Making art from glass is time-consuming. It is an undertaking that can unfold over hours, but more often takes place over days, weeks, or even months. A great music playlist can be essential to keeping focused and staying creative. These playlists were the starting point for our exhibition Out of the Vault: Soundtracks. MOG Curator Katie Buckingham sat down with Scott Chaseling to learn more about his work in the exhibition and his creative process.

KB: I was hoping we could begin by talking about 99 Bottles and your 2013 residency at Museum of Glass.

SC: My residency at MOG, was held during your exhibition Links: Australian Glass and the Pacific Northwest. This was my first time at MOG, and it was what I would call a FIFO (fly-in-fly-out) experience. The day before the residency, I entered the Hot Shop and was awestruck by the place. During my week with your amazing team, we only made one piece, and, by the end, I was smashed. At the end, I entered my hotel room and was exhausted. I think I had a cry on all day! The sculpture we made, titled 99 Bottles, has become a seminal piece in my career. It is made of 99 colored glass tubes stacked within a metal frame. I was aiming to make a doorway or threshold. People subjectively talk about a liminal space (a term that defines a threshold or transition place between to places), and rarely give it state of being. With 99 Bottles, I aim to show liminal space and use the varying viewpoints through the tubes to create many narrative possibilities.

KB:  I would love to hear about your playlist.

SC: The music I used listen to was a random collage from my computer hard drive. I put this list together a few years ago, for the party night before my wedding. It is quite eclectic across decades, styles, and genre. I play it in my studio, and there always seems to be a few songs that appeal to the glass makers. I have not really thought about it before, but I suppose it does represent myself and my practice. I work with glass by blowing, hot-sculpting, casting, painting, and fusing, creating a mixed bag of styles.

KB: Where do you make your work?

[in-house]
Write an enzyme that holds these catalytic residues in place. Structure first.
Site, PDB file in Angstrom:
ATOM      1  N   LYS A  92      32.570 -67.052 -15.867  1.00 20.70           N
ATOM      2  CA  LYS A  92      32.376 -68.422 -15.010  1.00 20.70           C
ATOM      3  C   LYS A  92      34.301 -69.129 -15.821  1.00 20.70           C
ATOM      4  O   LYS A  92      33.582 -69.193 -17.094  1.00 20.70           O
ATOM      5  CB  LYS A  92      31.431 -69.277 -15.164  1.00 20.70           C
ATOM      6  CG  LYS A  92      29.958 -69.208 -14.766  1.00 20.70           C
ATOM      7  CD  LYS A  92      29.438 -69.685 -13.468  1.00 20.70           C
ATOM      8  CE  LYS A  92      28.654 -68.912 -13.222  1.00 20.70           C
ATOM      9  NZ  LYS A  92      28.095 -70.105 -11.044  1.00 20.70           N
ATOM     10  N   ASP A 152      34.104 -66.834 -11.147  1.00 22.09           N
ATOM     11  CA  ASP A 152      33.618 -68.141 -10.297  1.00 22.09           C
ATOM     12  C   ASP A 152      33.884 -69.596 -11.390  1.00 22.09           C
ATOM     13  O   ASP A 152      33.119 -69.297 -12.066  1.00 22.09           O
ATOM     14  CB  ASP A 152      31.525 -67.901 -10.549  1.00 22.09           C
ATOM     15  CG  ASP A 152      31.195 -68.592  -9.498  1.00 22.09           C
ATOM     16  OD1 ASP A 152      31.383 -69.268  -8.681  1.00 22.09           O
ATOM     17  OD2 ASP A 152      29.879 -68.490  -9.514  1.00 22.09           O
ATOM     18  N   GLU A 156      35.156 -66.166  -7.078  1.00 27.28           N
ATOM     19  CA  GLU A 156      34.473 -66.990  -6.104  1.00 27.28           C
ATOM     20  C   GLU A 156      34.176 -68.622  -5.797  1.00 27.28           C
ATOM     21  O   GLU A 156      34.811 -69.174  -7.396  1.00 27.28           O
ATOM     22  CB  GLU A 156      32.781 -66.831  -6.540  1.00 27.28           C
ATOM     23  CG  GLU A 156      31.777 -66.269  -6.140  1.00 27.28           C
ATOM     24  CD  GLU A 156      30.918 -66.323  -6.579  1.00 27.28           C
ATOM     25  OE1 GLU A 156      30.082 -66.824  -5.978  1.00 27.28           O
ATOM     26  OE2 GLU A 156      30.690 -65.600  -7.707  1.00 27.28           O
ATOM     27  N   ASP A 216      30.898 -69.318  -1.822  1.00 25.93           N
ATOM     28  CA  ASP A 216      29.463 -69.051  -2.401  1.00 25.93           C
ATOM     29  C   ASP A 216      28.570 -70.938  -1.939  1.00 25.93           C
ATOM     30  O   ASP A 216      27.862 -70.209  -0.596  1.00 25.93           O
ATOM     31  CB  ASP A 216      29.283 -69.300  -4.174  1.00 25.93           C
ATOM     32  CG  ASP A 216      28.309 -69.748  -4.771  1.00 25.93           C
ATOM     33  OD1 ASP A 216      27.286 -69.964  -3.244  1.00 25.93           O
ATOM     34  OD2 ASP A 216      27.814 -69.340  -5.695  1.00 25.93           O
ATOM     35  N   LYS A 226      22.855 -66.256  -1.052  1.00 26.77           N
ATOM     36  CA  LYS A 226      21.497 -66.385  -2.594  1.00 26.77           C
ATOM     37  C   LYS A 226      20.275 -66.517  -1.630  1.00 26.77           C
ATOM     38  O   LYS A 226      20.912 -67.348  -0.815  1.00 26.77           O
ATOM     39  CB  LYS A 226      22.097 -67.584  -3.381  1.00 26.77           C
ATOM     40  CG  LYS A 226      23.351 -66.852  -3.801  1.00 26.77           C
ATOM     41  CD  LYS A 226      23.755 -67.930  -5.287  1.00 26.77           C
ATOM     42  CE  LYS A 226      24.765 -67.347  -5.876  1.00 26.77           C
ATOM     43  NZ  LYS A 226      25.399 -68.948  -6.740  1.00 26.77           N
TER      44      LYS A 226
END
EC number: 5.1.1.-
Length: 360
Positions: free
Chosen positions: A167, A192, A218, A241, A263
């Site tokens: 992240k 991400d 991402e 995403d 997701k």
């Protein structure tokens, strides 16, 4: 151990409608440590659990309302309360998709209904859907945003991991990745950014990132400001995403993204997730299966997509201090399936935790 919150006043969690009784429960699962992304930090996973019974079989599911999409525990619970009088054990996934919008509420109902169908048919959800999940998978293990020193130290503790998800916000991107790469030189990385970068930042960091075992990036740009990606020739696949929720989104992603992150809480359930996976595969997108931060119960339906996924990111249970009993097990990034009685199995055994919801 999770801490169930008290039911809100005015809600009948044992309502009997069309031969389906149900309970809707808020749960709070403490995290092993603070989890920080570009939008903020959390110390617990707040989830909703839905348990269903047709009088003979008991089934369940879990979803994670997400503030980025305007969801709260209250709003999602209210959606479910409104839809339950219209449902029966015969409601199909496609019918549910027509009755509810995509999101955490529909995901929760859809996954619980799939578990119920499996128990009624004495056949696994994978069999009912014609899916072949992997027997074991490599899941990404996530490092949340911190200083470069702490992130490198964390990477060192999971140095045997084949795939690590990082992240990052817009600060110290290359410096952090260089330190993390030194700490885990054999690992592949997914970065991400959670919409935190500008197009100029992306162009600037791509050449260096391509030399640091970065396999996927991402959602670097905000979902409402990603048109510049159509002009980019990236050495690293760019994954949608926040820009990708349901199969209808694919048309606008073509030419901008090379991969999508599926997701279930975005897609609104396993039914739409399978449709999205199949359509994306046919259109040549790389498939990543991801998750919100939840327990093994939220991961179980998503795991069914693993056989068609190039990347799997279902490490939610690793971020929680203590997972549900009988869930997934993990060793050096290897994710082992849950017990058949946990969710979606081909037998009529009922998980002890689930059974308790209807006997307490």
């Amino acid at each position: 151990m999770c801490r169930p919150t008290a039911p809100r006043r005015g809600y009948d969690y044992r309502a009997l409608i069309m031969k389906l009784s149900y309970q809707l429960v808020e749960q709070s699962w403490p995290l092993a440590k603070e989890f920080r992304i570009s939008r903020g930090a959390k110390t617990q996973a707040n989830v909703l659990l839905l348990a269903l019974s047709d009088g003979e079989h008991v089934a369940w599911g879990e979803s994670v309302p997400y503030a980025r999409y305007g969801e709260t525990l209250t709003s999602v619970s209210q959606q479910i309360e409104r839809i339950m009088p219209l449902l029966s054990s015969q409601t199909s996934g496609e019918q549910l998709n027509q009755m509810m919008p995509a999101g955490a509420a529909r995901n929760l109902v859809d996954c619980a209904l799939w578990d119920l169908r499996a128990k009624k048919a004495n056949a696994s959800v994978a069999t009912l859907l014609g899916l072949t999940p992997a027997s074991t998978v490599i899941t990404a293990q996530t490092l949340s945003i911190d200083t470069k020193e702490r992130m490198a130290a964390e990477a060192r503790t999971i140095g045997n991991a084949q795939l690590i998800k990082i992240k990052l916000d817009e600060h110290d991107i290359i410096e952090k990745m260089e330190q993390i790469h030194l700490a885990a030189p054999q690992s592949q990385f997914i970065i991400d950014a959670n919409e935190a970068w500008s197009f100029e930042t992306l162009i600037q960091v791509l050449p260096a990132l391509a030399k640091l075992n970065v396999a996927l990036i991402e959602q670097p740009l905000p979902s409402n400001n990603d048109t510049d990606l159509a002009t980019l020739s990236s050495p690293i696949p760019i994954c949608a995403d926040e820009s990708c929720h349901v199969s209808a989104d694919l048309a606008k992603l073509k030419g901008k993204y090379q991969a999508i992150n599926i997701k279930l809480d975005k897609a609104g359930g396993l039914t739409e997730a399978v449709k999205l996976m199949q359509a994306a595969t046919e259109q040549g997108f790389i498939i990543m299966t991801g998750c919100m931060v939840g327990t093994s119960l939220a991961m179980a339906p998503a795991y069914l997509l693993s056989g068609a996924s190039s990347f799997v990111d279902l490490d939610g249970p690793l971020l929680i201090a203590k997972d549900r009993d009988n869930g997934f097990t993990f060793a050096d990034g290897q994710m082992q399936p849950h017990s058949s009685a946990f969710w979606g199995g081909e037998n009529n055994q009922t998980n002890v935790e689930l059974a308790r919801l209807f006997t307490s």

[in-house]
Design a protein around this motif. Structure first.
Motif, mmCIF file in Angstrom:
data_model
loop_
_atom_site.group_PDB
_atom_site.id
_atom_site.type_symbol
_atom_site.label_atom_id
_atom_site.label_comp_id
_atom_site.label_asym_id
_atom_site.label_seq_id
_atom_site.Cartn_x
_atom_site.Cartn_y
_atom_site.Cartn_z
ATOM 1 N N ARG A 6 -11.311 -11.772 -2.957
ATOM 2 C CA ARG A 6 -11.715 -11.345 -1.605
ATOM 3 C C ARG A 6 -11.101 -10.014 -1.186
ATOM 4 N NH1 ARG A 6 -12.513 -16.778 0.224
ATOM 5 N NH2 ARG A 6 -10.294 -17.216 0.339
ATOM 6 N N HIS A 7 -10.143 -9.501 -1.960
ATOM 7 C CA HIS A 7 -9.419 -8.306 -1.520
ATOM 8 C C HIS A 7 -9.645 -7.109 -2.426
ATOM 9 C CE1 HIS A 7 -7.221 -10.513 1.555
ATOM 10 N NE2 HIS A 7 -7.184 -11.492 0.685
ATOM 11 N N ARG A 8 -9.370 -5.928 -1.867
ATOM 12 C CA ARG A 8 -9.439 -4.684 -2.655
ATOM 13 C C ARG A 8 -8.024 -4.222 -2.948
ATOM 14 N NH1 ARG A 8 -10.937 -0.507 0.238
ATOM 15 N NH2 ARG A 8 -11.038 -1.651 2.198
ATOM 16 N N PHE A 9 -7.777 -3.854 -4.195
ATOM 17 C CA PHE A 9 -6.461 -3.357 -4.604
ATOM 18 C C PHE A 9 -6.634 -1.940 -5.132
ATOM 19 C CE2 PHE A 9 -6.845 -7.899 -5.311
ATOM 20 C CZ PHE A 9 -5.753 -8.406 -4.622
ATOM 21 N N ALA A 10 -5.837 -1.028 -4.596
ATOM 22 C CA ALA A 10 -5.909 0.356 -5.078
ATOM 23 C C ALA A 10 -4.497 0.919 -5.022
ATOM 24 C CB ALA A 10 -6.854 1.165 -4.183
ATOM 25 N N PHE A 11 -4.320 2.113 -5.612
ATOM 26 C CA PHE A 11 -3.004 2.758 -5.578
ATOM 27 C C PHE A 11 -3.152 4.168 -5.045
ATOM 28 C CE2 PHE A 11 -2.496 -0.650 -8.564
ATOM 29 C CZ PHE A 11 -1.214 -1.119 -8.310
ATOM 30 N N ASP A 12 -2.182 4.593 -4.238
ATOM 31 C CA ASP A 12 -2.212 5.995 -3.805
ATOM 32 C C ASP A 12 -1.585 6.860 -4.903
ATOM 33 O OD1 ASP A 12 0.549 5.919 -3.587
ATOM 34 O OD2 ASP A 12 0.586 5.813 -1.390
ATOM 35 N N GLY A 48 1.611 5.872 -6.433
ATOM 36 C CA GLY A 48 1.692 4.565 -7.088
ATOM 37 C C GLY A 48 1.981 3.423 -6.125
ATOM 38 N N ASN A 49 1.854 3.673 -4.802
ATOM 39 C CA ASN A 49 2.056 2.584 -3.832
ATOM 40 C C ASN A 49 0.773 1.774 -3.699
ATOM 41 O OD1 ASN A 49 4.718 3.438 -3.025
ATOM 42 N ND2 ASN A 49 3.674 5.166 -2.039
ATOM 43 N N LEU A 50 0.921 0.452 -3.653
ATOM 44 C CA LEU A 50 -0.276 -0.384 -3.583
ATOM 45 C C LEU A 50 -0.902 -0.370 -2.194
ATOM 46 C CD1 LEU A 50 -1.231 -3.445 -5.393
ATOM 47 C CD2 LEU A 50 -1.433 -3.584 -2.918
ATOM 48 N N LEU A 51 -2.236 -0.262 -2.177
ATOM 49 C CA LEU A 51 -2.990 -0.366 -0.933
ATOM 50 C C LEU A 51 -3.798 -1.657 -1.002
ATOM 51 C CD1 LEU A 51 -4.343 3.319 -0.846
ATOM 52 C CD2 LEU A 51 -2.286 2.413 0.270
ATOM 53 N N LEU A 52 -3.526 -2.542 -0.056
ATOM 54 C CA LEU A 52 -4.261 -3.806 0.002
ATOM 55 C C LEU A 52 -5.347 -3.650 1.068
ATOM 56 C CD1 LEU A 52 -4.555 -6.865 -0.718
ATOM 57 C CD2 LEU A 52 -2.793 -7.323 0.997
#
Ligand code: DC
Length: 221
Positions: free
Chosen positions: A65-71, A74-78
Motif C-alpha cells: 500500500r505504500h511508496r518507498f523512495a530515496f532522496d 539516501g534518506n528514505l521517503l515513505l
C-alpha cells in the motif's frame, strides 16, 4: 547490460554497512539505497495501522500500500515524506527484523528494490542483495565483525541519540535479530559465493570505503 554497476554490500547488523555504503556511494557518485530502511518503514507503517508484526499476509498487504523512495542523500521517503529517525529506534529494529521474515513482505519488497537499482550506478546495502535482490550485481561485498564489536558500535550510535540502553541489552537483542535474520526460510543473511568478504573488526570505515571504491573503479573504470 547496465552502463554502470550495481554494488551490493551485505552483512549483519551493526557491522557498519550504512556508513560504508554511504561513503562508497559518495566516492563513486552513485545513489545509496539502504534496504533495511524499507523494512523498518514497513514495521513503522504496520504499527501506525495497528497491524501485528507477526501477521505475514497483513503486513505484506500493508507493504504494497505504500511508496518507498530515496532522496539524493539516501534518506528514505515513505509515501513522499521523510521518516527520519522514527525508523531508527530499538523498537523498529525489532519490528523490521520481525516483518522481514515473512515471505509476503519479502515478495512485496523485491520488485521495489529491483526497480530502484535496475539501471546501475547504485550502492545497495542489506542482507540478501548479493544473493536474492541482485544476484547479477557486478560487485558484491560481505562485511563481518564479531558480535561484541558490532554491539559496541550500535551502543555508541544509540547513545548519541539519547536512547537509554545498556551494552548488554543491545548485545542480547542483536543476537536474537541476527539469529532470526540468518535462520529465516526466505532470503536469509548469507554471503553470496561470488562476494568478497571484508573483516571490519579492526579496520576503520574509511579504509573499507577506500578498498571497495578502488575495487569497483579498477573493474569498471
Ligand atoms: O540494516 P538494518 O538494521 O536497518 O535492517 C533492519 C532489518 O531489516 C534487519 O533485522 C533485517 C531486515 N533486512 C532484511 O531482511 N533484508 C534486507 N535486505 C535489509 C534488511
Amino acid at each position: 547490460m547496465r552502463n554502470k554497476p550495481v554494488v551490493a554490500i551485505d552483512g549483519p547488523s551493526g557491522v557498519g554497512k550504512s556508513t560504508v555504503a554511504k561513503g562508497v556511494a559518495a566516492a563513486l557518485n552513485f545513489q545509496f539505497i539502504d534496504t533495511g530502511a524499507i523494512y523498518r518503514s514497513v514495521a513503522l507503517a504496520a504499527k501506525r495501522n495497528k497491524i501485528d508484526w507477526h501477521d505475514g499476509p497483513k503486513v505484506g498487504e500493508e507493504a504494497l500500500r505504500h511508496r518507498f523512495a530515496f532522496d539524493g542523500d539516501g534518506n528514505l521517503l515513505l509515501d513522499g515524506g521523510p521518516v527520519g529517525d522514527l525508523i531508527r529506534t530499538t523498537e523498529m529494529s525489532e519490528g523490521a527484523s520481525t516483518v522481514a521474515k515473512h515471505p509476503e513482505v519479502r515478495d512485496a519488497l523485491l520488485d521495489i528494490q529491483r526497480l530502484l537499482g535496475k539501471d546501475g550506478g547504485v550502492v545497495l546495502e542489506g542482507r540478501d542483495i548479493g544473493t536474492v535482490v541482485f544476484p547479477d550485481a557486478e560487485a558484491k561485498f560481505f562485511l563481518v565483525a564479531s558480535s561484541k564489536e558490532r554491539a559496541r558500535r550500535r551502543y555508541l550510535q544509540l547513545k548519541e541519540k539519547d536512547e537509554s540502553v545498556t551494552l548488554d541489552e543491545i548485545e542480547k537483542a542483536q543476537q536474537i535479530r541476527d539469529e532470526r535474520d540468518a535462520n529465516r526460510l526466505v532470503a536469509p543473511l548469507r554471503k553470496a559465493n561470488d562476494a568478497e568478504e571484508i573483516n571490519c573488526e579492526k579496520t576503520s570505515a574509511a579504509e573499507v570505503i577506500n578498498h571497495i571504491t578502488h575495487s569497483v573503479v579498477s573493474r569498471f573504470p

SC: A good question – I think this is the first time I could truly say “in my studio.” For the first time in my life, I have chosen to stay, live, and work in one place for longer than four years. I have always moved around, taking my practice nationally and internationally, learning and making as I went, living the life of an art pilgrim, or perhaps more like an old European journeyman. Now, I am very happily set up with a studio about a 15-minute walk from my home in the beautiful Southern Highlands, just south of Sydney, Australia.

KB: What about your studio space helps your creative process?

SC: I feel it is the other way around. It is more that my creative process has informed my studio space. My building looks like an industrial unit from the outside, and, whilst containing all the tools and machinery necessary for my work, it is filled with many large indoor plants. They bring a sense of home to a space filled with heavy metal.

KB: Where do you look for inspiration?

SC: Wouldn’t it be nice to say, “I don’t have to look…inspiration is already there”? [laughs] I do believe inspiration comes from what appeals to us, be it reporting to get the truth out of politics, or being amused by the way our footsteps on the sand of a beach are softened by the incoming tide. What appeals to me and gives me inspiration is the everyday. Nothing grand or life-changing, just the infinite amounts of little moments! From my fused blown vessels, which are made of thousands of bits of cut glass, to my glass tube and ring sculptures (also made of many pieces), I construct from the many to create the one. I am inspired by many parts of a day, week, or year that make one life.